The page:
Estimation Of Landfill Gas Production And The Energy Potential Of Municipal Solid Wastes From The Upper Dagong Dumpsite Using The Philippine Landfill Gas Model V.1
Free (open access)
295 - 301
M. T. I. Cabaraban, S. S. Paclijan
Landfill gas (LFG) emissions are an important environmental concern in the Philippines due to the existence of several uncontrolled dump sites. LFG mostly results from the anaerobic decomposition of the biodegradable fraction, i.e. kitchen and yard wastes, in municipal solid wastes (MSW) that are disposed of in these disposal sites. This investigation was conducted to estimate the amount of LFG production and the amount of power that could be generated from the Upper Dagong dump site in Cagayan de Oro City, Philippines. This dump site started operating in 1996 and is expected to have a life span of up to 25 years. The Philippine Landfill Gas Model v.1 was used to estimate the rate of LFG generation. Model results show that the rate of LFG generation from MSW plateaued at around 2.4 Mm3 for 5 years from 2005, one year after the highest waste acceptance at the site, until 2008. The years 2004 and 2005 showed a decrease in waste acceptance rates at the dump site, but increased by around 17% in the following years. Methane generation rates could be seen to rise again from 2009 to reach its projected second peak in 2022. The power that could have been obtained from the MSW in the dump site, with 39% LFG recovery, was estimated to be around 2.1 GWh in 2015. This provides a potential for power generation at the Upper Dagong dumpsite. Aside from generating energy, the utilization of the LFG will also create a source of revenue from the sale of certified emission reductions under the Clean Development Mechanism.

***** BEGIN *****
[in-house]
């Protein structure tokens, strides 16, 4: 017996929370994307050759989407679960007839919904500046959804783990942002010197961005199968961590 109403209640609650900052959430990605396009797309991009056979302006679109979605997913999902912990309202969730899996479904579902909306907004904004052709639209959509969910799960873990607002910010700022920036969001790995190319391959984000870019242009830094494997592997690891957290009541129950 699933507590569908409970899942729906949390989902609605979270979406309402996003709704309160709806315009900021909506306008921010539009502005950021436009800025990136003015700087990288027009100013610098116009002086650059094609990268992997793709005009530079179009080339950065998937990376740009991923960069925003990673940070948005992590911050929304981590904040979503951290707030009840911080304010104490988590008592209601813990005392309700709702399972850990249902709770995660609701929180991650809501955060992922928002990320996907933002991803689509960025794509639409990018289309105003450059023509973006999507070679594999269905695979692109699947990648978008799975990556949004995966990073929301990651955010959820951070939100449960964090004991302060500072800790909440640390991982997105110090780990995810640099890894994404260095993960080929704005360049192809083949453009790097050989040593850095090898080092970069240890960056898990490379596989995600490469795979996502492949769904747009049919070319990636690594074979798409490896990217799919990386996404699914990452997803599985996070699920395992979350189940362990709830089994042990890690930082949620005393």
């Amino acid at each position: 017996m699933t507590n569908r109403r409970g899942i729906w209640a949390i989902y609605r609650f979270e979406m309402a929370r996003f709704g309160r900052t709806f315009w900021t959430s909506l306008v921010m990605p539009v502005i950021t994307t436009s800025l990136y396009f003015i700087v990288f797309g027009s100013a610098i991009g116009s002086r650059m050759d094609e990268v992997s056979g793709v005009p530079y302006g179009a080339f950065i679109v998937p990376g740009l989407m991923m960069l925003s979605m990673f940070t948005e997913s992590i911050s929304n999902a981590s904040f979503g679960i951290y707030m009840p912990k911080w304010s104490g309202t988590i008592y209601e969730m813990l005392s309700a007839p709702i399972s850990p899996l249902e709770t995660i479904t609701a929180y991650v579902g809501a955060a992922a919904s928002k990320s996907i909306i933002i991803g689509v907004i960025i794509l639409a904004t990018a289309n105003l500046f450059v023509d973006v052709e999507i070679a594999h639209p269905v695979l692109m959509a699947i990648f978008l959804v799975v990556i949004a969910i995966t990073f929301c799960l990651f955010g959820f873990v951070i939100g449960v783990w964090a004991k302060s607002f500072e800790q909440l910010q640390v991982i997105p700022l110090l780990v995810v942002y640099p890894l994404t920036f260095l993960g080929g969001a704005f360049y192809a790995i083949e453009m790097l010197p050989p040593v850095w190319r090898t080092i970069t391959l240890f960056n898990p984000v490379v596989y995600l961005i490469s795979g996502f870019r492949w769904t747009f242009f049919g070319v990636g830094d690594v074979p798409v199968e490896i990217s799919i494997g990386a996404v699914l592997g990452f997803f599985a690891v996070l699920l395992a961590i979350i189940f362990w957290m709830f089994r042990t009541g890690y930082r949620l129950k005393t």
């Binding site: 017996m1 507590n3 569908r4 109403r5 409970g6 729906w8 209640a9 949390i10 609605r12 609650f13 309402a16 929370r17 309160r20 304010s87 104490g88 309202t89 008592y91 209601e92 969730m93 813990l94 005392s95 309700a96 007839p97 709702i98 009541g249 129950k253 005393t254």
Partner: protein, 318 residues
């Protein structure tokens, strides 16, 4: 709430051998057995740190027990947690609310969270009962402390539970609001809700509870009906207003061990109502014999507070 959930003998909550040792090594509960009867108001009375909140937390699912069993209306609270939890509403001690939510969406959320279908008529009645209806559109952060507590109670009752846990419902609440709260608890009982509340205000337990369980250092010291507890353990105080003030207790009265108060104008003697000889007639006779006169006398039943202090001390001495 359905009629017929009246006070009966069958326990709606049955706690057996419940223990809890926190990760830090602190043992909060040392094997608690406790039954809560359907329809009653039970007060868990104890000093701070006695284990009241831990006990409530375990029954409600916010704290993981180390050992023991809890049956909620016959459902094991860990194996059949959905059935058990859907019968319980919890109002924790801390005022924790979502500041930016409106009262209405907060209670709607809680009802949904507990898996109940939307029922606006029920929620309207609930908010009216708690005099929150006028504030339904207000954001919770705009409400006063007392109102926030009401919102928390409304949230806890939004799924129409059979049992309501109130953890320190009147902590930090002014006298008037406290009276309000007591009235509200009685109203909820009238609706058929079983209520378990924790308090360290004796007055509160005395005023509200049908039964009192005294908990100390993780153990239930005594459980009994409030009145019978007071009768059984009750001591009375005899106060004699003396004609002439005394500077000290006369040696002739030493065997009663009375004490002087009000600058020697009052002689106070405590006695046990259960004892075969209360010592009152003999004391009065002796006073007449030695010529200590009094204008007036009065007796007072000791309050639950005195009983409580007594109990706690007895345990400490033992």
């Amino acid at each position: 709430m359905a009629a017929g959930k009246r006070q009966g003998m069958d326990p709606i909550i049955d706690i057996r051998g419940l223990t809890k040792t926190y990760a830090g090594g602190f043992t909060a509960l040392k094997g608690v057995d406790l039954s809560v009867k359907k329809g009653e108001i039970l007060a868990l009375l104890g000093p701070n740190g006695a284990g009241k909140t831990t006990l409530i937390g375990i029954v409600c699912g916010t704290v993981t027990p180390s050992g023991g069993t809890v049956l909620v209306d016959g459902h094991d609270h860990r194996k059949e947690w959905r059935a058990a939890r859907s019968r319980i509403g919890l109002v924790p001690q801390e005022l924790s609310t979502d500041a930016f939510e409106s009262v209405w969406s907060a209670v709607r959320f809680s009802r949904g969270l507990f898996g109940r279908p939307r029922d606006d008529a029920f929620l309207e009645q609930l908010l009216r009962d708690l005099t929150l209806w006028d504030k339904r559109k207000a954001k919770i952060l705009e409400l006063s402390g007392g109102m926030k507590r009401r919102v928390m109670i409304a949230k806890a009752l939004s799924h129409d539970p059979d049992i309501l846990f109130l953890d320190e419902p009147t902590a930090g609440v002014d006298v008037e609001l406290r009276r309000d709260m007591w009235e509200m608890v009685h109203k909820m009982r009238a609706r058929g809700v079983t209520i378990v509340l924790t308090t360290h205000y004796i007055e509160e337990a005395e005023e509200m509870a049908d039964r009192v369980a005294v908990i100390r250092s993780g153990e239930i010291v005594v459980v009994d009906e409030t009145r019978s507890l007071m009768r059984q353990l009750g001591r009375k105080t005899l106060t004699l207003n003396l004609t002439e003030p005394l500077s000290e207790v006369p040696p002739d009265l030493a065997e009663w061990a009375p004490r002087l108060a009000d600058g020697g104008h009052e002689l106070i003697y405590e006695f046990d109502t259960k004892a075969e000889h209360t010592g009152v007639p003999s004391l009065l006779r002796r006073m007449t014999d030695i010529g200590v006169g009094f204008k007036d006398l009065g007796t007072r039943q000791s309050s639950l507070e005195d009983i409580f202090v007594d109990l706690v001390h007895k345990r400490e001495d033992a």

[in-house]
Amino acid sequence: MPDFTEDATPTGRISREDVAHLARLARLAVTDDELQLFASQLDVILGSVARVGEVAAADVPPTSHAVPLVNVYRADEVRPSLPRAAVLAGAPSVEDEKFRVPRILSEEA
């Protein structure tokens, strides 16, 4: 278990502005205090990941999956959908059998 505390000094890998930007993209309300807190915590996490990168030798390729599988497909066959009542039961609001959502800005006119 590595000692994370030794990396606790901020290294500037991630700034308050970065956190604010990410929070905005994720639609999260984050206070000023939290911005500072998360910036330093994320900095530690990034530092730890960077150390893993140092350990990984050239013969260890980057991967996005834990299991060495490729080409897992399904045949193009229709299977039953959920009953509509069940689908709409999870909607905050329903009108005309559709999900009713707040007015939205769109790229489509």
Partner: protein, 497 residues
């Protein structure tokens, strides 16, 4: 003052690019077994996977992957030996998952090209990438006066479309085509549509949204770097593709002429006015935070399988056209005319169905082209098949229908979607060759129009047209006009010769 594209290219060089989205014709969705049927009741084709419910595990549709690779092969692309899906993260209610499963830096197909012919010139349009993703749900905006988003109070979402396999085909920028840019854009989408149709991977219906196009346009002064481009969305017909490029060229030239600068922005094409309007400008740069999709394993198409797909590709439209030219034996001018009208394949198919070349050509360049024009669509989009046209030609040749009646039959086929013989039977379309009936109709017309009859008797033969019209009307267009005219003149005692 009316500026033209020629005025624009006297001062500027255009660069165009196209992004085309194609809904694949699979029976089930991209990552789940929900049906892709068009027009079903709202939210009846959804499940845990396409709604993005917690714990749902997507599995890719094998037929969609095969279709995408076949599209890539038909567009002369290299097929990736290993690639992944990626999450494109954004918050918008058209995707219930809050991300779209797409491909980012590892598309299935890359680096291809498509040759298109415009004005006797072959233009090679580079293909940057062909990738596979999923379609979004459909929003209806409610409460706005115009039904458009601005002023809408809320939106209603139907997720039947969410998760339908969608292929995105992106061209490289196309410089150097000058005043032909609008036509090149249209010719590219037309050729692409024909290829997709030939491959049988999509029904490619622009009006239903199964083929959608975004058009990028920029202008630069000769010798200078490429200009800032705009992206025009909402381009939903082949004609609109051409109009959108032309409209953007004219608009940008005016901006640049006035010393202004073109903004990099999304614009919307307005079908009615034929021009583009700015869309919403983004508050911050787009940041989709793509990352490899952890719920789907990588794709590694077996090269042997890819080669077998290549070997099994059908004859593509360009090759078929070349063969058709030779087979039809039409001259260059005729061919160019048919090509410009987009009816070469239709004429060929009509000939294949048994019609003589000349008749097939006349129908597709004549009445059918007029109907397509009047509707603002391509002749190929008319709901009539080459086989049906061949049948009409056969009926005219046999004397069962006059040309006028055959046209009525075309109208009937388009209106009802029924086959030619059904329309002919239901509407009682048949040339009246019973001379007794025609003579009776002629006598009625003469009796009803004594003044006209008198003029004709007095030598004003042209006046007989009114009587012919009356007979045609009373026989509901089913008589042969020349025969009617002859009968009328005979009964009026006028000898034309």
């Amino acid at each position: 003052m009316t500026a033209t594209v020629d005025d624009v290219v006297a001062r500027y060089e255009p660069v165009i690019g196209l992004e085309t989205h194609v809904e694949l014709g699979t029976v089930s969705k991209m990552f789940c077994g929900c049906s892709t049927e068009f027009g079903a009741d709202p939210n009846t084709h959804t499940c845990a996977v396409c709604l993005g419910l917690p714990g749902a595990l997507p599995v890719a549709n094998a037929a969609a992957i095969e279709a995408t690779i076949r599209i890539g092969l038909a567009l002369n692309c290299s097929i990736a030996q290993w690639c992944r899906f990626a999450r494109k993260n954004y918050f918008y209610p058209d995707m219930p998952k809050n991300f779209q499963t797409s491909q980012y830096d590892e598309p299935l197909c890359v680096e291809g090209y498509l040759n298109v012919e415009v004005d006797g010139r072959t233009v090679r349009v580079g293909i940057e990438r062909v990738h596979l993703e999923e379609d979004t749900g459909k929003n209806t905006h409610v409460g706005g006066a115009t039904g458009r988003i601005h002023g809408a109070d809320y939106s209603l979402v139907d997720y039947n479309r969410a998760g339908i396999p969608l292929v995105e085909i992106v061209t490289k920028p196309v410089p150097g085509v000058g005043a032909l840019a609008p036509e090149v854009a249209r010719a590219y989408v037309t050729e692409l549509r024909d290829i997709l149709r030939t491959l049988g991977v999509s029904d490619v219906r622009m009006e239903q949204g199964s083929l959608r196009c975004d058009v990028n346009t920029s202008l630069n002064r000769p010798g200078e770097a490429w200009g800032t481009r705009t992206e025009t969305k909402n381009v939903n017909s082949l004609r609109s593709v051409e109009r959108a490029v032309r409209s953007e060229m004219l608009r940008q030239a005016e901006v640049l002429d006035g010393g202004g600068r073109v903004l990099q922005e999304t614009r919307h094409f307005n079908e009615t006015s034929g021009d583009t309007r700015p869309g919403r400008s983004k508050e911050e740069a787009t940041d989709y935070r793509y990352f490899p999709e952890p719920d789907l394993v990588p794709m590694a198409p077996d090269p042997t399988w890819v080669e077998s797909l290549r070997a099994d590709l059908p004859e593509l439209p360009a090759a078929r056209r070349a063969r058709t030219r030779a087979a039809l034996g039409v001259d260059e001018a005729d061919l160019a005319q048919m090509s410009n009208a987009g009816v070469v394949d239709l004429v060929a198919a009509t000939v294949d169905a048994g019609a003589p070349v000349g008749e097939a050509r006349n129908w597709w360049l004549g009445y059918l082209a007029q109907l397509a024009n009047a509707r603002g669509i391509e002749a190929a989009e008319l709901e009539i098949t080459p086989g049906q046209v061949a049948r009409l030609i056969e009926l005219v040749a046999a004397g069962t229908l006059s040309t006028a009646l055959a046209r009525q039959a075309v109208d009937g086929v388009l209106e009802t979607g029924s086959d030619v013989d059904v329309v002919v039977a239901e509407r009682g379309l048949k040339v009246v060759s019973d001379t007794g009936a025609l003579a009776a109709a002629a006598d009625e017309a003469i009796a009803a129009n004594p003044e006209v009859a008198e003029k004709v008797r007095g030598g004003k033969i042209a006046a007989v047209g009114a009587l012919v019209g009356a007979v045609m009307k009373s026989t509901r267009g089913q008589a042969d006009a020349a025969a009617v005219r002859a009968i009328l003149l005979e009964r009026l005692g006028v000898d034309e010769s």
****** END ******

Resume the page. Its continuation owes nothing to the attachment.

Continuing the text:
landfill gas, methane recovery, energy availability, municipal solid waste